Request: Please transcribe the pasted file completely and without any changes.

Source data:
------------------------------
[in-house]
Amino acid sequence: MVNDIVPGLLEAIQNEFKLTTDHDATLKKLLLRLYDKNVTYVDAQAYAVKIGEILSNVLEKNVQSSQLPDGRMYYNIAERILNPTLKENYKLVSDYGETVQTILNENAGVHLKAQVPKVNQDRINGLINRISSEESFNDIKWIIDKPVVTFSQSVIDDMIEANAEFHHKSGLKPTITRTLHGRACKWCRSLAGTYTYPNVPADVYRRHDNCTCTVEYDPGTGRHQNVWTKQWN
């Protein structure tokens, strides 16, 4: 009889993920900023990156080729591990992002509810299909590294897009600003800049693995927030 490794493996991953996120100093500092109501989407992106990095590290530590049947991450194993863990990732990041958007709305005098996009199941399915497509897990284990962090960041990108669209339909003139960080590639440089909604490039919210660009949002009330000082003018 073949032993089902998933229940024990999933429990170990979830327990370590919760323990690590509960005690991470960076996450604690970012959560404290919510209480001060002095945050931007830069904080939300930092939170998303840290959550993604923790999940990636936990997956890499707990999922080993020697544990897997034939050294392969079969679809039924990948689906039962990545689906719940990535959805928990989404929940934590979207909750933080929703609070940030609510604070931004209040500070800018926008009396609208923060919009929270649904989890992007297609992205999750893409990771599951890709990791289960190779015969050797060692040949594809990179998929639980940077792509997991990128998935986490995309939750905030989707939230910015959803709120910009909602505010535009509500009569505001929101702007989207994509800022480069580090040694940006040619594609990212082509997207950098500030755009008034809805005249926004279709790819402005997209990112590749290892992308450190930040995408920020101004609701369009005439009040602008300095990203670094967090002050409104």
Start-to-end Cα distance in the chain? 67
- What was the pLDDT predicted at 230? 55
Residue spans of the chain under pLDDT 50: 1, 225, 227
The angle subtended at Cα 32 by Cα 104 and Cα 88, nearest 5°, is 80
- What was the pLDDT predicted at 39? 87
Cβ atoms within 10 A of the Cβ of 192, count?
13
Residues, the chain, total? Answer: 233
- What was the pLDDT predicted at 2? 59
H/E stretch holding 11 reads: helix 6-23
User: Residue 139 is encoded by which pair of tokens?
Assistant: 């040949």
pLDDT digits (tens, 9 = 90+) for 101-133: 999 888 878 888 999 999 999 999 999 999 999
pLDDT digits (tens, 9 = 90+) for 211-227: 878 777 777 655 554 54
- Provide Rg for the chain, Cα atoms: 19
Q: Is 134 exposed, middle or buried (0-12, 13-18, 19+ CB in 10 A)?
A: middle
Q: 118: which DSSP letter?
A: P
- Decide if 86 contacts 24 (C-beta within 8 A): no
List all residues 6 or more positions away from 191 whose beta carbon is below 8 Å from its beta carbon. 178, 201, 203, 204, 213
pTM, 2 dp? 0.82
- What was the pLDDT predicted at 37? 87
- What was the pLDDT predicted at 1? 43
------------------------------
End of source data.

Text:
[in-house]
Amino acid sequence: MVNDIVPGLLEAIQNEFKLTTDHDATLKKLLLRLYDKNVTYVDAQAYAVKIGEILSNVLEKNVQSSQLPDGRMYYNIAERILNPTLKENYKLVSDYGETVQTILNENAGVHLKAQVPKVNQDRINGLINRISSEESFNDIKWIIDKPVVTFSQSVIDDMIEANAEFHHKSGLKPTITRTLHGRACKWCRSLAGTYTYPNVPADVYRRHDNCTCTVEYDPGTGRHQNVWTKQWN
């Protein structure tokens, strides 16, 4: 009889993920900023990156080729591990992002509810299909590294897009600003800049693995927030 490794493996991953996120100093500092109501989407992106990095590290530590049947991450194993863990990732990041958007709305005098996009199941399915497509897990284990962090960041990108669209339909003139960080590639440089909604490039919210660009949002009330000082003018 073949032993089902998933229940024990999933429990170990979830327990370590919760323990690590509960005690991470960076996450604690970012959560404290919510209480001060002095945050931007830069904080939300930092939170998303840290959550993604923790999940990636936990997956890499707990999922080993020697544990897997034939050294392969079969679809039924990948689906039962990545689906719940990535959805928990989404929940934590979207909750933080929703609070940030609510604070931004209040500070800018926008009396609208923060919009929270649904989890992007297609992205999750893409990771599951890709990791289960190779015969050797060692040949594809990179998929639980940077792509997991990128998935986490995309939750905030989707939230910015959803709120910009909602505010535009509500009569505001929101702007989207994509800022480069580090040694940006040619594609990212082509997207950098500030755009008034809805005249926004279709790819402005997209990112590749290892992308450190930040995408920020101004609701369009005439009040602008300095990203670094967090002050409104």
Start-to-end Cα distance in the chain? 67
- What was the pLDDT predicted at 230? 55
Residue spans of the chain under pLDDT 50: 1, 225, 227
The angle subtended at Cα 32 by Cα 104 and Cα 88, nearest 5°, is 80
- What was the pLDDT predicted at 39? 87
Cβ atoms within 10 A of the Cβ of 192, count?
13
Residues, the chain, total? Answer: 233
- What was the pLDDT predicted at 2? 59
H/E stretch holding 11 reads: helix 6-23
User: Residue 139 is encoded by which pair of tokens?
Assistant: 């040949």
pLDDT digits (tens, 9 = 90+) for 101-133: 999 888 878 888 999 999 999 999 999 999 999
pLDDT digits (tens, 9 = 90+) for 211-227: 878 777 777 655 554 54
- Provide Rg for the chain, Cα atoms: 19
Q: Is 134 exposed, middle or buried (0-12, 13-18, 19+ CB in 10 A)?
A: middle
Q: 118: which DSSP letter?
A: P
- Decide if 86 contacts 24 (C-beta within 8 A): no
List all residues 6 or more positions away from 191 whose beta carbon is below 8 Å from its beta carbon. 178, 201, 203, 204, 213
pTM, 2 dp? 0.82
- What was the pLDDT predicted at 37? 87
- What was the pLDDT predicted at 1? 43